He rehearsed the part a few times, until he was pretty happy with the line, and then jabbed at a few buttons until everything lit up properly. Randy had his own multi-track at home these days, but Rich’s had more bells and whistles. The drum machine sounded a little synthetic, but Rich had showed him that the sound could be beefed up in the mixing stage on the computer, so that it sounded like a real drum kit, or close enough that only a professional would know the difference. He supposed he’d have to figure that trick out soon, too. First things first, though.

I Get Up, I Get Down
Randy started recording, maneuvering his way through the bass parts as best he could, but he started to flounder and had to stop. Something wasn’t right. He was playing the part cleanly enough. The effect fit with the rest of the track. But something was missing. Heh. Rich was always talking like that. It probably sounded just fine, then. He rewound the track, turned on the stereo, switched it to auxiliary, and listened to it through Rich’s speakers. He really needed to upgrade those speakers. He sat down on Rich’s sofa and listened carefully, eyes closed. There were some notes that needed to be tweaked. The bass line wasn’t as easy as playing one riff per chord progression. Reg had changed things up on alternating lines, and of course made it sound easy.

Reg had always seemed to him to be such a simple guy, but he had a way of making things just complicated enough to keep himself interested, which turned out to be just a little trickier than it sounded, and a real pain when you actually landed on one of Reg’s grooves. You’d be grooving along, getting deep in the pocket, and suddenly he’d throw you a perfectly-formed wrench and yank you right out of your groove and into his. Randy started to think about how Rich played, and how unhinged he always sounded, but how it worked in a different way than Reg’s steady, self-assured playing style. There was something they had in common, but Randy had trouble putting his finger on it. They both had very individual styles that came through in their playing, and they both made Drake play in certain ways, like Drake was just there to add volume to their rhythms. That seemed unfair, because Drake was a decent drummer when he kept in practice. He just needed something to lock into, and kept getting lumbered with bassists who lead the rhythm by sheer force. Randy wondered which way he would go; would he let Drake lead, or would he take charge, the way Reg or Rich did?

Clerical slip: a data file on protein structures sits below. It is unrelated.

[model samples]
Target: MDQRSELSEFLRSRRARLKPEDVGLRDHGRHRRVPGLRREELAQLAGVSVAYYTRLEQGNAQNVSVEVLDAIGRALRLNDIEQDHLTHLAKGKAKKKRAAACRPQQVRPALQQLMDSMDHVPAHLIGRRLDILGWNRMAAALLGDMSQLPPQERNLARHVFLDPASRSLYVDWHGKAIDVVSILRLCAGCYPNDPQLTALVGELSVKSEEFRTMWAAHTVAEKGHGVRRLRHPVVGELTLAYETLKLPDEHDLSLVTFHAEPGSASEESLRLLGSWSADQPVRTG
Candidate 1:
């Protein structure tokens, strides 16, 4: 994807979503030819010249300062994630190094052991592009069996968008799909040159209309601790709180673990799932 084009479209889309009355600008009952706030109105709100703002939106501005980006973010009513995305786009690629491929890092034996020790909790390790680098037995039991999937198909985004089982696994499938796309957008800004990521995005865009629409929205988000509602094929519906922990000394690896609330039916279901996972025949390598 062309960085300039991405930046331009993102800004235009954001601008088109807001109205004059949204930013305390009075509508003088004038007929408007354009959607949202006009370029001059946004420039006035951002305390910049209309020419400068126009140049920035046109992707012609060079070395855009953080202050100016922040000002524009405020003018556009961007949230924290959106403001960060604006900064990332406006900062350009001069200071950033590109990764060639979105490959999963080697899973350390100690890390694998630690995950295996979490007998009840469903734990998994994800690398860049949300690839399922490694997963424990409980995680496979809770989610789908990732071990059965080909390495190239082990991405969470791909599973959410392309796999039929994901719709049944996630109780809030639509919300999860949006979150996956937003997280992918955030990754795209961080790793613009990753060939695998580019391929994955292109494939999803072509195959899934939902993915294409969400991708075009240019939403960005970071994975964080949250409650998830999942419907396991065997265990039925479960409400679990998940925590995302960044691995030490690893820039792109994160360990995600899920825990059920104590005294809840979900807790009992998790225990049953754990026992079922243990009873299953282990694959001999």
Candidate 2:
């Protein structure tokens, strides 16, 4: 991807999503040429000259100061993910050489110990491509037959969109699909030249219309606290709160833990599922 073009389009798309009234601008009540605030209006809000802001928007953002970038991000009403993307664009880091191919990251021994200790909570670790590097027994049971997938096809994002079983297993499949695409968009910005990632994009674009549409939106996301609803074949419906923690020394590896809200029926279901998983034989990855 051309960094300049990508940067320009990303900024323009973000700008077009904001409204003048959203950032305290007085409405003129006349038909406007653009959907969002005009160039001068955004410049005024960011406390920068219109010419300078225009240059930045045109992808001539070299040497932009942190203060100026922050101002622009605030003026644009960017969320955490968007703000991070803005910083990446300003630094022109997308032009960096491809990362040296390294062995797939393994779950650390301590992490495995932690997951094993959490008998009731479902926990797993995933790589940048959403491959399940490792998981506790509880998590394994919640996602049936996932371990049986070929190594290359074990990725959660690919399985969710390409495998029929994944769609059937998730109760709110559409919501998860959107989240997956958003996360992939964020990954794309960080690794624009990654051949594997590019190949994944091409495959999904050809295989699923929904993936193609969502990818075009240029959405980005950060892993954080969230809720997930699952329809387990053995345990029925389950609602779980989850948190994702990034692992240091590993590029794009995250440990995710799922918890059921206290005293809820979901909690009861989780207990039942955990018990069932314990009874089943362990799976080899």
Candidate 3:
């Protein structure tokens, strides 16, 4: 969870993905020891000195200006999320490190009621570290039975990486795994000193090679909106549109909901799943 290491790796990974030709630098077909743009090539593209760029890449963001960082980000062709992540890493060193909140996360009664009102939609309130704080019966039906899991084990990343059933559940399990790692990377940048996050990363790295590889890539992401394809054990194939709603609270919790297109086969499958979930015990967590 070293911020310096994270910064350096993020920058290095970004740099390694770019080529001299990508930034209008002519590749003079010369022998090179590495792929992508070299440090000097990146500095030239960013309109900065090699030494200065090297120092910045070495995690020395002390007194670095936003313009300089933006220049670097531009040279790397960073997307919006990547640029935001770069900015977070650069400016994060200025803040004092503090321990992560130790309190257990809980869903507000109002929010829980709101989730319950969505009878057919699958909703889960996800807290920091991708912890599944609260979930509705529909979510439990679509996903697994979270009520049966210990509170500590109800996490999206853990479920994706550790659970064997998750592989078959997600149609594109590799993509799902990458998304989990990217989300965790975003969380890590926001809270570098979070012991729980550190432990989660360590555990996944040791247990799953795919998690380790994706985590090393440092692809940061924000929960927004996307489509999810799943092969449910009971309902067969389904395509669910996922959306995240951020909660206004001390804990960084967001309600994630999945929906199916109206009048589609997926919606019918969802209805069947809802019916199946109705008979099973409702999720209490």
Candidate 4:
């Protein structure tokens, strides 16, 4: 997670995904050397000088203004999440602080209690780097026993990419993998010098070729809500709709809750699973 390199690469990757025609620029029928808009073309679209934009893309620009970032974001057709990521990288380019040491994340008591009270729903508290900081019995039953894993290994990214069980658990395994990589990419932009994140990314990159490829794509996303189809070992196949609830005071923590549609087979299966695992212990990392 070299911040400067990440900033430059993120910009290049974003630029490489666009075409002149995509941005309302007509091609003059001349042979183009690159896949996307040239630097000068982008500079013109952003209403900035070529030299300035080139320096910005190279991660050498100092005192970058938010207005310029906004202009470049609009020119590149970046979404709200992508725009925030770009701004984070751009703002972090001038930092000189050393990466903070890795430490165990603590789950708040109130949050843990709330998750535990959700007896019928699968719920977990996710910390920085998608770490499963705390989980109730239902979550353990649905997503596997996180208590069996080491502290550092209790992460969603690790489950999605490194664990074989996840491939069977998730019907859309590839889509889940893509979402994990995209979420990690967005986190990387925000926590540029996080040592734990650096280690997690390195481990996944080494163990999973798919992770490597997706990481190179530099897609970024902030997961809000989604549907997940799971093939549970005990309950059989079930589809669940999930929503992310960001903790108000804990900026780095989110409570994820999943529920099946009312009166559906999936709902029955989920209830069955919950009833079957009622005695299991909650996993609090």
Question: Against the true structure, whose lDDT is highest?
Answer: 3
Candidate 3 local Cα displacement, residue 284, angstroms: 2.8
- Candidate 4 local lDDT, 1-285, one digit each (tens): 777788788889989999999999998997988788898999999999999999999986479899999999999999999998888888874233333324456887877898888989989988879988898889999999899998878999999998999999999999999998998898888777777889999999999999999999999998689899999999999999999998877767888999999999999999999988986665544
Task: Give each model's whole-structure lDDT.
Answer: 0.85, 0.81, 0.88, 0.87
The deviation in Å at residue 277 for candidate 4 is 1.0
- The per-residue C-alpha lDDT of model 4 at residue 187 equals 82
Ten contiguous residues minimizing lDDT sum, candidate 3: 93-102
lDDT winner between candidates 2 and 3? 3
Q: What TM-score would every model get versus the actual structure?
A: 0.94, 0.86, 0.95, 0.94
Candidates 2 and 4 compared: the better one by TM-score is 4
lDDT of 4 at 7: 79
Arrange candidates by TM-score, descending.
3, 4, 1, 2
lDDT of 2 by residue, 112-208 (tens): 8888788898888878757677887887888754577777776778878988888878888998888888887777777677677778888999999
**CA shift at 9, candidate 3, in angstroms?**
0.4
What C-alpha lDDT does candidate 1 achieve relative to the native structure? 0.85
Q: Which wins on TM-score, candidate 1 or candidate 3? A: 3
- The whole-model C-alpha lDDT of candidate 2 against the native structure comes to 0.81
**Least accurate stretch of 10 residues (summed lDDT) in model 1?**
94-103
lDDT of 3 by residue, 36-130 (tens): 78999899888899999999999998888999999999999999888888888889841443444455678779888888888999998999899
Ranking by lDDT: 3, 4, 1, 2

The track ended, and Randy realized he’d kind of flaked out at the end, not really paying attention to his playing, thinking too much about how Rich would do it. He supposed he was listening to how Rich would do it, since he was pretty sure Reg hadn’t played on this particular recording; this had been done after Reg had left again. Funny how Rich made it sound almost like Reg’s playing. Randy wondered what went through Rich’s head when he tried playing like Reg. How did he mask his own style and sound like Reg, when his own style was nothing like that?

Randy also wondered if that was what he was supposed to be doing with the track, or if he was free to put his own spin on it. Was that what he was trying to do? Make it his own? Or was he supposed to just imitate Reg, the way Rich had? Somehow, that didn’t seem right. He wondered why Rich had even bothered, when it occurred to him: because he and Drake had made Rich play it like Reg.

Of course they had. They’d both been trying to get Reg to rejoin when Rich first offered to take over on bass, back when they had first been talking about restarting the band. Neither of them had had much faith in Rich’s playing up to that point. So, when Rich took over the job, he’d made a conscious decision not to rewrite Reg’s parts, and to try to approximate Reg’s sound where possible.

Now that it was just him and Drake, and Drake had learned to play against both sounds… hell, all three if you counted Rich playing almost like Reg… he supposed Drake could handle him doing things his own way. He resolved that he would consciously change the parts to suit his style. He figured Reg would want it that way, because he never played anything the way Rich wrote it for him either.

Then he thought, what if Reg did come back? Then everything he wrote would get rewritten by Reg. He supposed that was poetic justice or something like that. Ironic wasn’t just a word in an Alanis Morrisette tune, after all.

He was getting distracted. He needed to loosen up and stop worrying. He wondered if Rich had any booze left in the apartment.

Getting up, he padded around to the bar, slid open the cupboard, and lo and behold, a bottle of scotch was all he found. Still more than half a bottle full. Randy grabbed a tumbler and poured himself a bit, sniffed it, curled his lip fiercely, and drank it anyway. Fuck, how did Rich drink this stuff!? He read the label: Talisker. He’d remember that name… whenever he thought too fondly of his first ex-wife.

Pouring himself another, he returned to the multi-track and got ready to play the track over again when a knock came at the door.